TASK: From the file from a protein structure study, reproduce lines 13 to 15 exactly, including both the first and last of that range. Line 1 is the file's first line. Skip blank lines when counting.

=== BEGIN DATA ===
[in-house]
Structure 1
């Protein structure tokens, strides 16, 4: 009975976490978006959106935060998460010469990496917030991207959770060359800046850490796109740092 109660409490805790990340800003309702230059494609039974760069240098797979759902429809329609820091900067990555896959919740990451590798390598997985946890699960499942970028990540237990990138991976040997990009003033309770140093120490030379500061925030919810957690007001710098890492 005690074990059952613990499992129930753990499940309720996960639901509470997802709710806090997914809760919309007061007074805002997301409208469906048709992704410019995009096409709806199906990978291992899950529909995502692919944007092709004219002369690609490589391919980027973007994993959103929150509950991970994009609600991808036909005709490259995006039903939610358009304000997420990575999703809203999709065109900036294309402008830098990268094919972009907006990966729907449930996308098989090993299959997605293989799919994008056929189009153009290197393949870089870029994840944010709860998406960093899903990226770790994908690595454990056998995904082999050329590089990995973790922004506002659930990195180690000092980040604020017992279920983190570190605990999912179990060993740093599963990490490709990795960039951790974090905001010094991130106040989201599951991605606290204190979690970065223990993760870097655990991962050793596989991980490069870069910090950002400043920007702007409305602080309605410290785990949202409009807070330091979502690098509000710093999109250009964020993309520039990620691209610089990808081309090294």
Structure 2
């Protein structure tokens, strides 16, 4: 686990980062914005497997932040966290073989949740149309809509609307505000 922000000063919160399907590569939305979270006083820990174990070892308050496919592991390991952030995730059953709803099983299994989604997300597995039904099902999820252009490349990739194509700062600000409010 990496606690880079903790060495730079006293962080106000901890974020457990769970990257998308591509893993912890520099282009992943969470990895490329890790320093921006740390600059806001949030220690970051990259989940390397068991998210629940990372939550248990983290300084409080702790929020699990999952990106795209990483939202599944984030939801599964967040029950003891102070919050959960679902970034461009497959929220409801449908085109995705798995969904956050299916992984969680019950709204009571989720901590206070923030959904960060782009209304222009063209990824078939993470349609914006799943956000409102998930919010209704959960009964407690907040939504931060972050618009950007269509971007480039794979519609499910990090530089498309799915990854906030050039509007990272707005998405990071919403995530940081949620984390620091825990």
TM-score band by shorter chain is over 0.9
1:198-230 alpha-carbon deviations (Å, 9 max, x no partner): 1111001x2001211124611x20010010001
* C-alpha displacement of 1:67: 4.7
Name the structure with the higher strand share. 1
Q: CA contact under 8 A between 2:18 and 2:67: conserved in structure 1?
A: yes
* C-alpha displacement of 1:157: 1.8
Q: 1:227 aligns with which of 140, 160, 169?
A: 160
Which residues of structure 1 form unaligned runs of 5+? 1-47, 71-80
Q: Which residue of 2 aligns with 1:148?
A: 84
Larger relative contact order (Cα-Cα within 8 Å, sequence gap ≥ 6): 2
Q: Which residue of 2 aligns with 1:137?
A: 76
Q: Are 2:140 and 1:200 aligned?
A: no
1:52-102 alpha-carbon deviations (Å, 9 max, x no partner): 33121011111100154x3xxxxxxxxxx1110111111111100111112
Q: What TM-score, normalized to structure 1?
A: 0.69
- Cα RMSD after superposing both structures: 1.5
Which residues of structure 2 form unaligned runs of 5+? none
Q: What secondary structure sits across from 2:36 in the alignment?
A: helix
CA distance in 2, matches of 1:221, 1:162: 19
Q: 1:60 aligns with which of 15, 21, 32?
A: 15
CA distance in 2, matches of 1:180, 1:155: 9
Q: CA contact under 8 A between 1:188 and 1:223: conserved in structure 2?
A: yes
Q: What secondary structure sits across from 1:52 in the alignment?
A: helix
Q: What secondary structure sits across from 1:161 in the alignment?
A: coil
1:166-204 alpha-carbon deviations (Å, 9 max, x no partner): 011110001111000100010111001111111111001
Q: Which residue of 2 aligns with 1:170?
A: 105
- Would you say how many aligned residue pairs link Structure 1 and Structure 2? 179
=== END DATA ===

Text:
Q: 1:227 aligns with which of 140, 160, 169?
A: 160
Which residues of structure 1 form unaligned runs of 5+? 1-47, 71-80